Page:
Annakirche: Church of St. Anna, Vienna
Neglected, despite of being at Vienna′s Core
The church of St. Anna is a small Gothic church (later Baroquinised) in one of Vienna′s most central locations: Just off the Kärntnerstraße in the first district or Innere Stadt. Nevertheless, the Annakirche is widely ignored by most of the touristy crowds that rush by on the busy shopping lane. The core of the current church of St. Anna was first built in 1320 as a chapel of the Clarissian nuns.
It was probably part of a hostel run for pilgrims. Later, the church was run by the Jesuite Order. The Gothic foundations are fairly easily recognised from the outside; if you stand inside of the church, you will have a harder time to grasp why this building started out as a Gothic one. The entire church of St. Anna was transformed into a Baroque church between 1629 and 1634 - in the process of this move, the church gained its tower.
After a disastrous fire in 1747, the church was remodelled once again - this time in late-Baroque style. This added the relative uniformity that you find in today′s Annakirche beyond the foundations. The architect in charge was Christian Tausch. "Tausch" means exchange in German, so the name is rather appropriate given that he changed the style of the church rather efficiently. Today, the interiors of the church are dominated by the tabernacle. The main nave as three side-chapels on each side; the first one on the left side is dedicated to St. Franz-Xaver. It is slightly bigger than the other chapels and archaeologists assume that it comprises of the original chapel of St. Anna.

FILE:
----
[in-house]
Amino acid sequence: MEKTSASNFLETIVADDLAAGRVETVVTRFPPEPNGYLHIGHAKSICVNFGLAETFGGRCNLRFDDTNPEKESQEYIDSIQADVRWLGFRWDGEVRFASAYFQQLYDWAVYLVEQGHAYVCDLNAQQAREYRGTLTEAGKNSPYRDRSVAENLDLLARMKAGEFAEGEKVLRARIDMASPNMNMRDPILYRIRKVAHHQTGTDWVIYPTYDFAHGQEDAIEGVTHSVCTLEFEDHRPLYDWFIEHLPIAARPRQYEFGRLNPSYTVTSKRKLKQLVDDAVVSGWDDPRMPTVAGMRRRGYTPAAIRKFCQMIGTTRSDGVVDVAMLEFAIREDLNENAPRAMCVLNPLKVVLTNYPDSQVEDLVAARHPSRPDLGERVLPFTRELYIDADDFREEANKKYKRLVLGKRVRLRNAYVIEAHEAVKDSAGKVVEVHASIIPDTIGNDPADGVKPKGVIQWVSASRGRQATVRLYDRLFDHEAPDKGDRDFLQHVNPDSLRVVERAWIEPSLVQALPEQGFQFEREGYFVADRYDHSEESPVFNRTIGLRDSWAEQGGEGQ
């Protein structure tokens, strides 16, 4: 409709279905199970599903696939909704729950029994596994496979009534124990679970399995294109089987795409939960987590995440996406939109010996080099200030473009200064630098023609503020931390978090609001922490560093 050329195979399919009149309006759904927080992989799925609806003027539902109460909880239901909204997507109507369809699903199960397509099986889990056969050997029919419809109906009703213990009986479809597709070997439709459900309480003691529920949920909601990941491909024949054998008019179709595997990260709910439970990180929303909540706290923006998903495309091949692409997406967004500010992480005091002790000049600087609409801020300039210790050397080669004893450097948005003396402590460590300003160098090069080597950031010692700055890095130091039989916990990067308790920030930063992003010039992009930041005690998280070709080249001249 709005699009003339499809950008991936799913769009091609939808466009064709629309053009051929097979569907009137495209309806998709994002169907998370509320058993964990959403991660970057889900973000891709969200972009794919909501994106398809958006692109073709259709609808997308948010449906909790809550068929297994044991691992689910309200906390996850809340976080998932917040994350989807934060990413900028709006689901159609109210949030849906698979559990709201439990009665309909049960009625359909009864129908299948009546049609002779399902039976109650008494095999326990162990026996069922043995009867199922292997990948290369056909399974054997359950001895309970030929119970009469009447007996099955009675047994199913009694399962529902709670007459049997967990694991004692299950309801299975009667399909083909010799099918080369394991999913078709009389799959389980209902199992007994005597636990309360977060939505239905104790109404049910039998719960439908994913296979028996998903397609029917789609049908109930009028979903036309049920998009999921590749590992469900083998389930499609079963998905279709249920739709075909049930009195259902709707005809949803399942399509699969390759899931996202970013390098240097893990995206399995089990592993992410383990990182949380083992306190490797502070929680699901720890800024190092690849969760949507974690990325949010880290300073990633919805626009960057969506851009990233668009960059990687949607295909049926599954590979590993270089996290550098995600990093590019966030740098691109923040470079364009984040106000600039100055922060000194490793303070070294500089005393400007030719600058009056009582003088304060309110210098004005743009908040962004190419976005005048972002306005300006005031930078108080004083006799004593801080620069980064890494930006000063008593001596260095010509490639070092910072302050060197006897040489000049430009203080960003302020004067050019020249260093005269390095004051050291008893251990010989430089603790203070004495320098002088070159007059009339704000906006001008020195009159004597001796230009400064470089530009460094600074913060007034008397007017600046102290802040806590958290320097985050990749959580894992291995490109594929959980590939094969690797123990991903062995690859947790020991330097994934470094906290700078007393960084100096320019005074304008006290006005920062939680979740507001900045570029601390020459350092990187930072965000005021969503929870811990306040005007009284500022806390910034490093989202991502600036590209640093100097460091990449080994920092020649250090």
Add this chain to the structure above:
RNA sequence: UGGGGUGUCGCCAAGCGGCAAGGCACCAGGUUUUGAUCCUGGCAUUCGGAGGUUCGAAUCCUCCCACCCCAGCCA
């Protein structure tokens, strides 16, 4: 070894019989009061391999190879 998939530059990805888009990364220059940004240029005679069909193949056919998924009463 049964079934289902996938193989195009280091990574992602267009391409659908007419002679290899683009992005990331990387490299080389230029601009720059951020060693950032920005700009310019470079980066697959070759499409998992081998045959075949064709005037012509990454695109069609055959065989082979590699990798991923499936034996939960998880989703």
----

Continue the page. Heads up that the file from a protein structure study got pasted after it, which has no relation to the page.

Mummified Hand in Kirche St. Anna
So what about the lady of the house? St. Anna can be found above the entrance, in a "Anna Selbdritt" depiction with her daughter, the Virgin Mary and her grandson Jesus. The statue dates back to the 17th century. But wait, there′s more - on the 26th of July, the day of St. Anna, the church celebrates an annual ceremony. Upon this occasion, a special relic that is the property of the church is presented to the worshippers: A mummified hand, said to be one of only two hands that were once used by St. Anna.
The Annakirche is overshadowed by high buildings that surround it; the building is now incorporated into a block of buildings. It is not always open, but worth a closer look when it is. Attractions nearby are numerous (the Annakirche is in the first district, after all), so I name only the closest ones: The Malteserkirche around the corner, the House of Music, the Ronacher and the Ursulinenkirche; the Staatsoper (National Opera), the Neuer Markt and Kaisergruft Imperial Tomb; the Stephansplatz, Graben, Pestsäule and Haas Haus; the Deutschordenskirche and Albertina.
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